In the vast majority of cases, the sender should bear roughly half the cost of delivering their traffic and the recipient should bear half. The result of this kind of imbalance has always been settlement-based peering.
It's a lot easier to mock an argument than to address it.
It has been the norm on the Internet for decades to use settlement-based peering when the costs fall unequally on the parties. It is much cheaper for Netflix to generate high-volumes of traffic from a small number of sources placed specifically where the costs are lowest than it is for Comcast to deliver high-volumes of traffic to a large number of sources placed in their customers' homes. The argument that it's fair for Comcast's customers to pay much more than half the cost of delivering Netflix's traffic to them is the one that should be mocked.
Perhaps you're imagining some alternate universe with an alternate Internet that works some other way. But in this world, for decades, settlement-based peering has been used when costs fall unequally on the parties.
Are you arguing that everyone should be able to run a line to the nearest IXP, pay only that IXP, and have Internet access to everyone and everything? Are you aware of the many, many reasons that can't possibly work? Who would pay to carry traffic across the Atlantic?
That's stupid and inefficient. Why should I pay X to pay Y when I can just pay Y directly?
That's actually what Netflix used to do, paying Level3 to reach Comcast. This was awful for everyone. Netflix paid more than they needed to. Comcast's customers had to go over Level3's network to reach Netflix. Level3's peering to Comcast was overloaded. And Level3 and Comcast had to deal with the lopsided data flow that was Netflix's fault. The solution was obvious and simple -- Netflix should just pay Comcast directly, and cut out the middleman. Now Level3's customers have connections to Comcast that aren't overloaded and Comcast customers don't have to use Level3 to reach Netflix.
You are imagining some hypothetical Internet that is nothing like the Internet we actually have. You are correct that ISP's have to deliver data to their customers. But only from sources that do their fair share of the work. If I place a computer in Antarctica, Comcast doesn't have to run a line to Antarctica at no charge to me just because one of their customers wants to reach that machine.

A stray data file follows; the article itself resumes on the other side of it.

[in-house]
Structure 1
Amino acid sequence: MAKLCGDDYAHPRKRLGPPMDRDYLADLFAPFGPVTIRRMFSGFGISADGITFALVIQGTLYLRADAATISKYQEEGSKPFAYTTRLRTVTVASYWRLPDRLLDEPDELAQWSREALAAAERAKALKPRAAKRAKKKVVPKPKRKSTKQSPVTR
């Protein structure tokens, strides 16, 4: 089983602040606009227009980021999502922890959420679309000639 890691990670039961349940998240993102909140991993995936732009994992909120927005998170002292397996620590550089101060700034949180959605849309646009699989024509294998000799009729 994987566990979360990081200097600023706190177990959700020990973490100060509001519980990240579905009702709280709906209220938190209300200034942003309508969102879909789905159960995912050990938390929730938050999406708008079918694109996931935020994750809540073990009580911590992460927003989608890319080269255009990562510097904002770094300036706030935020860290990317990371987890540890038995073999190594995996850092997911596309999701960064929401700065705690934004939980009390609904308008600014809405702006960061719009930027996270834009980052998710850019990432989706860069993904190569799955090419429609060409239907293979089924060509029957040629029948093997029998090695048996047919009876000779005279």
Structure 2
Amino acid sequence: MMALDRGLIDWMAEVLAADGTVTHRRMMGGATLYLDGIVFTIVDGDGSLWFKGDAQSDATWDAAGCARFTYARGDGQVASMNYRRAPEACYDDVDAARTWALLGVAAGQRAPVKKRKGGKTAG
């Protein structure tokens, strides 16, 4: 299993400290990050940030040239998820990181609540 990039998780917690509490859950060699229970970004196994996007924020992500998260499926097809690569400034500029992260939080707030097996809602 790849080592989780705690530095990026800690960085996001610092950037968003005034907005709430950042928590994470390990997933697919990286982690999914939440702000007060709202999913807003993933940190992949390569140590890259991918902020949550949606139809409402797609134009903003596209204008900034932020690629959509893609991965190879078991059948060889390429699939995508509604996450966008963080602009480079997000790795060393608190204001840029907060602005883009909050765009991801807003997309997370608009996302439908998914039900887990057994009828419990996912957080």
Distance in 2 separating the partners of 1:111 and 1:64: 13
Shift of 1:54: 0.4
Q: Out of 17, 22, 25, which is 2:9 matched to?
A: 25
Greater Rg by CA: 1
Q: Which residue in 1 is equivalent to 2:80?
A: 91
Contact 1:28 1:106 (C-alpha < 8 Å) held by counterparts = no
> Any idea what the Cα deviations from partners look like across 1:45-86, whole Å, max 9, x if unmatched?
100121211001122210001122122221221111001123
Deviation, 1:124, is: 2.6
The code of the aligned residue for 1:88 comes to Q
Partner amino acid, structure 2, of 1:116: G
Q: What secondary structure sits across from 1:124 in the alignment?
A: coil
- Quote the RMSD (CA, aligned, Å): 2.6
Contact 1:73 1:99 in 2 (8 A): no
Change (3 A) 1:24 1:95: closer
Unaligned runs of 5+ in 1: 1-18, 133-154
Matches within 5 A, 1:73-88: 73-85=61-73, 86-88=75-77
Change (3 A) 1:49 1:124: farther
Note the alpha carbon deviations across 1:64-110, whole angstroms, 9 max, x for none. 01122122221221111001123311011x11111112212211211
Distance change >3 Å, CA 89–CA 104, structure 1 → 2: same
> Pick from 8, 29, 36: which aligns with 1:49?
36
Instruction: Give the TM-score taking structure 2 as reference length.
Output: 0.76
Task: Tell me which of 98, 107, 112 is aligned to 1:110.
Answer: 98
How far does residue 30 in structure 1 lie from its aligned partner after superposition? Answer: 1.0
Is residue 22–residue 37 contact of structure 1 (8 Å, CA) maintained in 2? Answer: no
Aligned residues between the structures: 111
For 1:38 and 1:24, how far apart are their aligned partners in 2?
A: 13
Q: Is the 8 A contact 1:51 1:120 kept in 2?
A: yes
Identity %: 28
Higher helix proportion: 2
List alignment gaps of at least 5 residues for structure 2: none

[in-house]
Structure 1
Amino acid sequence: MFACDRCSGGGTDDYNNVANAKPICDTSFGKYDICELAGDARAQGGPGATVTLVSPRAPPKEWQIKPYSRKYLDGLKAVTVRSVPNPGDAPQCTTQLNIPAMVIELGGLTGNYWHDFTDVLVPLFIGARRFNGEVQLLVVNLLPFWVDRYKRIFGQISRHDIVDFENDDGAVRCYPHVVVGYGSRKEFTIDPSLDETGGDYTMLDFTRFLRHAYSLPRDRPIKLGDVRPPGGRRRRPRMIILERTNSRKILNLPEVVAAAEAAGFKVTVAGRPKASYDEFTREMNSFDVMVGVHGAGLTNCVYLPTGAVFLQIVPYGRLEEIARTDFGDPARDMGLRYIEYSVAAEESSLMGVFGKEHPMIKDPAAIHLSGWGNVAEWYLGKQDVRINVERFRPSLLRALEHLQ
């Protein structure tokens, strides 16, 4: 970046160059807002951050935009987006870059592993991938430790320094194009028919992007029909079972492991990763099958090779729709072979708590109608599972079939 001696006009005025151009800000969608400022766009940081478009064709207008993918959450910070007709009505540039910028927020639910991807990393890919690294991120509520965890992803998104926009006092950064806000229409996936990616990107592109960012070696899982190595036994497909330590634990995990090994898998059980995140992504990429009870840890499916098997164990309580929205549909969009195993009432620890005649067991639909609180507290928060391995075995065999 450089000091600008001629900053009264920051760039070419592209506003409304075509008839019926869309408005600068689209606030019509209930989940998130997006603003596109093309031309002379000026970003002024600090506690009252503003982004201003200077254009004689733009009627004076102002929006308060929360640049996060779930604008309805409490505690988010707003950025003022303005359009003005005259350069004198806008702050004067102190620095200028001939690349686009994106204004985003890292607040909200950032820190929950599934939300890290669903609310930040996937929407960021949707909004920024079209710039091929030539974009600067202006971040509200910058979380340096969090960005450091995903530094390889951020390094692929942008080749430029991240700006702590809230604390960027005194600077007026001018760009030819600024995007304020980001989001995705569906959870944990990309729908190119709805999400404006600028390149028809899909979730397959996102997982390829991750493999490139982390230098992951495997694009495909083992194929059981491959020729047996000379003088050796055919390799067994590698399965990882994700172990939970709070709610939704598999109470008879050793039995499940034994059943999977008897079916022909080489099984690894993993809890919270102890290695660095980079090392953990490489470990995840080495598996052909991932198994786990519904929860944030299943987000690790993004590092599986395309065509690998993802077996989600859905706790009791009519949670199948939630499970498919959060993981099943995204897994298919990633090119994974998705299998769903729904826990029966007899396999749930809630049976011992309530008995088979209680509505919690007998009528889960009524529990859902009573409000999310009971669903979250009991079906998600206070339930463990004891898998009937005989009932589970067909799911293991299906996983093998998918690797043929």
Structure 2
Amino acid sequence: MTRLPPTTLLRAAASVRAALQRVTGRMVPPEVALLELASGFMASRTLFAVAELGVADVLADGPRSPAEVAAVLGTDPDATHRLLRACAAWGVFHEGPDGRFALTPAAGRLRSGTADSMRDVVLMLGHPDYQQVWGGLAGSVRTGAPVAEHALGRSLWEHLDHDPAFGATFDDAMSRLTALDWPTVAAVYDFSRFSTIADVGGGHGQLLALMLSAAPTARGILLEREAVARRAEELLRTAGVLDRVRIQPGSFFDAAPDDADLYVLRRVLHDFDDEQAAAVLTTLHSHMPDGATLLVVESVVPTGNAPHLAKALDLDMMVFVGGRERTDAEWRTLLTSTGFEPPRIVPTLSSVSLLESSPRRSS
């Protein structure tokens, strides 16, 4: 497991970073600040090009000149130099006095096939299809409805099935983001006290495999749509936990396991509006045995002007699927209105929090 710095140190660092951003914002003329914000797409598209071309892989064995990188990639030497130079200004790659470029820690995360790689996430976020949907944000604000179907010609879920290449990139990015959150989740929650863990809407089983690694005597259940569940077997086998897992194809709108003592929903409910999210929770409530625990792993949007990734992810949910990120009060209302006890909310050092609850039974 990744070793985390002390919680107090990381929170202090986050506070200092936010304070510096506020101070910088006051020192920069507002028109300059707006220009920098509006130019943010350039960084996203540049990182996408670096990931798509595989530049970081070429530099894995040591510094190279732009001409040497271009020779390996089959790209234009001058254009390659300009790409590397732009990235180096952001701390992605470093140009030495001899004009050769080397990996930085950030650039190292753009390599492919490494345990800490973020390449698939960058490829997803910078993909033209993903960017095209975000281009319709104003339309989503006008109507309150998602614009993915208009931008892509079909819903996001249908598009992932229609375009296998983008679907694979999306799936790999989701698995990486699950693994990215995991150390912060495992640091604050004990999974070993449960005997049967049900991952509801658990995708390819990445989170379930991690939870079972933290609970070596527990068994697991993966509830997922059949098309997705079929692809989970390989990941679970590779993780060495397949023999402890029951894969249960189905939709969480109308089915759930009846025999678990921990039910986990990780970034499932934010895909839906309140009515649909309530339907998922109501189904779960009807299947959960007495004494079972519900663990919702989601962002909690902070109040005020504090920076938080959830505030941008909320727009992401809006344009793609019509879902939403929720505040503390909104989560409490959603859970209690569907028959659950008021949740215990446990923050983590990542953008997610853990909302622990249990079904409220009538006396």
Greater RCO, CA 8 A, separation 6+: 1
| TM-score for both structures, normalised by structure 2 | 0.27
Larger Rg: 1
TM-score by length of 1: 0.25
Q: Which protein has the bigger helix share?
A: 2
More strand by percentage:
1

The Internet we actually have grew organically by organizations each doing their part to interconnect with others for mutual benefit. When the costs divide evenly and fairly, settlement-free peering is used and nobody pays anything to anybody else. When the costs don't naturally divide evenly, settlements are used. It has been this way for decades.
Each network pays for half of the costs of transferring the bits. The ISP charges its customers for its half. The data source pays part of its half to the customer's network because they do more than half the work.
Businesses like Netflix and YouTube necessarily emit large amounts of information from a small number of sources to a large number of destinations. This is always going to be much cheaper than delivering traffic to a very large number of destinations, like ISPs have to do. We assume the traffic benefits both networks evenly, so each side should pay half the costs. If not to the ISP, who should Netflix or YouTube pay the costs to? They don't bear them directly, because the traffic is necessarily much cheaper for them to carry than it is for the ISP.
"Note that he claims he built a nuclear reactor when he was 14.."
Which he did. Nobody seriously disputes this claim. He held the record for the youngest person to build a fusion device until Jamie Edwards did so at 13.
Nothing special. The prosecution just gives you "production immunity", agreeing not to use the contents of the password itself in court.
"Boy am I glad my client talked to the police!" exclaimed no lawyer ever.